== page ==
Does Trading Papelbon Make Sense? It Just Might

Posted: December 11, 2013 in Uncategorized
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When Ruben Amaro signed All Star closer Jonathan Papelbon to a 4 year, $50 million contract following the 2011 season, the Philadelphia Phillies considered themselves contenders for a world championship. They were coming off a 102 win season and boasted one of the best starting rotations in baseball. Now, two years later, the Phillies have seen their win total decline from 102 to 81 in 2012 and 73 in 2013. That begs the question. If you’re not in contention for a championship (or at least to make the playoffs), do you really need a closer making $13 million a season.

The answer is no.

Are the Phillies wise enough to notice that it’s unlikely that they’ll be playing deep into October next season? The lineup, rife with (aging) talent, just doesn’t seem capable of overcoming the hurdles that reality has presented them. Couple this with the fact that Philadelphia doesn’t even appear to have the money to fill out their rotation, and it’s clear that someone needs to go to free up salary.

As it stands, Philadelphia’s rotation consists of Cliff Lee, Cole Hamels, Kyle Kendrick, and two players to be named later. Maybe Miguel Alfredo Gonzalez, who hasn’t pitched a meaningful inning in well over a year, can claim that fourth spot. Maybe not. Still, he and the cast of supporting characters including Jonathan Pettibone, Ethan Martin, and Adam Morgan just do not inspire enough confidence going forward; especially for a team with a $170+ million payroll. In order to fill these massive chasms in their rotation, the Phillies will need to free up money. That’s after spending $42 million on Carlos Ruiz and Marlon Byrd, of course.

That’s not to say that Papelbon isn’t still a good closer. He may not be what he once was. But, a contending team could do far worse than “Pap.” With the Phillies the last two seasons, the former Boston Red Sox star has gone 10-7, 2.67 with 67 saves. His impressive 149:29 K:BB ratio only serves as proof that Papelbon can still get it done. Yes, his strikeout numbers were down in 2013 (from 92 in 70 IP in 2012 to 57 in 61.2 IP in 2013). But, fatigue was certainly a significant factor in that plight. It seemed that Charlie Manuel would go to Papelbon sometimes no matter the situation and with no regards to whether or not the 33-year old was ready to perform that evening.

Papelbon led the league in games finished with 64 in 2012. The following year, he experienced the jet lag that so many pitchers do when they are overused for an entire season as he was by the Phillies’ former skipper. It would not boggle the mind to see the five time All Star return to form in 2014. The only question remains, will it be with the Phillies?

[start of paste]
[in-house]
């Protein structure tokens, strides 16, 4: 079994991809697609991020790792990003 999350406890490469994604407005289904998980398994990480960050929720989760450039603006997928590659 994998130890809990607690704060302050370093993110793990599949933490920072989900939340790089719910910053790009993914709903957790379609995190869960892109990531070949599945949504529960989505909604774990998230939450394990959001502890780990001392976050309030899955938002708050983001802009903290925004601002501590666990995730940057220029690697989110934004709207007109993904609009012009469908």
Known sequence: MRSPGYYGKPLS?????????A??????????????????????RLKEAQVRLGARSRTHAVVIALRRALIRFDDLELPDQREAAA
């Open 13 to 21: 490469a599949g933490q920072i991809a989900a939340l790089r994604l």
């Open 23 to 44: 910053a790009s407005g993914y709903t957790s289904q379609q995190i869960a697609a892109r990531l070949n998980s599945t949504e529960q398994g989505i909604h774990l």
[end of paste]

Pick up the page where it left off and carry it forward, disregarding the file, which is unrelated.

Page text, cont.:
If Philadelphia is all in to contend, they would be wise to keep Papelbon and try to find starters the old fashioned way; by developing them or by digging into the bargain bin of free agency. The last thing that Philadelphia needs to do is trade Papelbon and use that money on a veteran stopgap like Bronson Arroyo. All that would do is promise more heartache to Philadelphia fans, who will have to watch Arroyo labor through 6 innings before turning it over to a bullpen rife with inexperience and without a closer.

If the Phillies plan on rebuilding (which it doesn’t appear they will ever fully embrace), then Papelbon is worthless to them and should be dealt. It’s all up to Amaro, in the end. As General Manager, he is the only one that can decide whether or not the veteran right hander is long for the City of Brotherly Love.

One thing is for sure, this exciting offseason of movers and shakers continues with no end in sight.

Elsewhere at the Winter Meetings

– The Seattle Mariners continued their banner offseason. Just a week after they inked 2B Robinson Cano to a 10 year, $240 million contract, the Mariners have inked former Milwaukee OF/1B Corey Hart to a one year, $6 million deal. The contract includes incentives that could make the deal worth as much as $13 million.

– Seattle also dealt RHP Carter Capps to the Florida Marlins for 1B Logan Morrison. The move, along with Hart’s signing and the presence of young Justin Smoak, begs the question; just how many 1B does Jack Zduriencik think one team can start in a given game?

– The Pittsburgh Pirates also made noise today, announcing that they have resigned RHP Charlie Morton to a 3 year, $21 million contract. Morton went 7-4, 3.26 in 2013.

– Pittsburgh also announced that they boosted their rotation depth even more by signing veteran RHP Edinson Volquez to a one year, $5 million deal.

– Longtime utility infielder Jerry Hairston Jr. announced his retirement today at the age of 37. The veteran played for the Dodgers each of the last two seasons and has accepted a position with the Los Angeles broadcast team.

– The Washington Nationals moved to improve their bullpen by acquiring LHP Jerry Blevins from the Oakland Athletics for minor leaguer Billy Burns.

– San Diego has traded RHP Anthony Bass to the Houston Astros for a player to be named later or cash.


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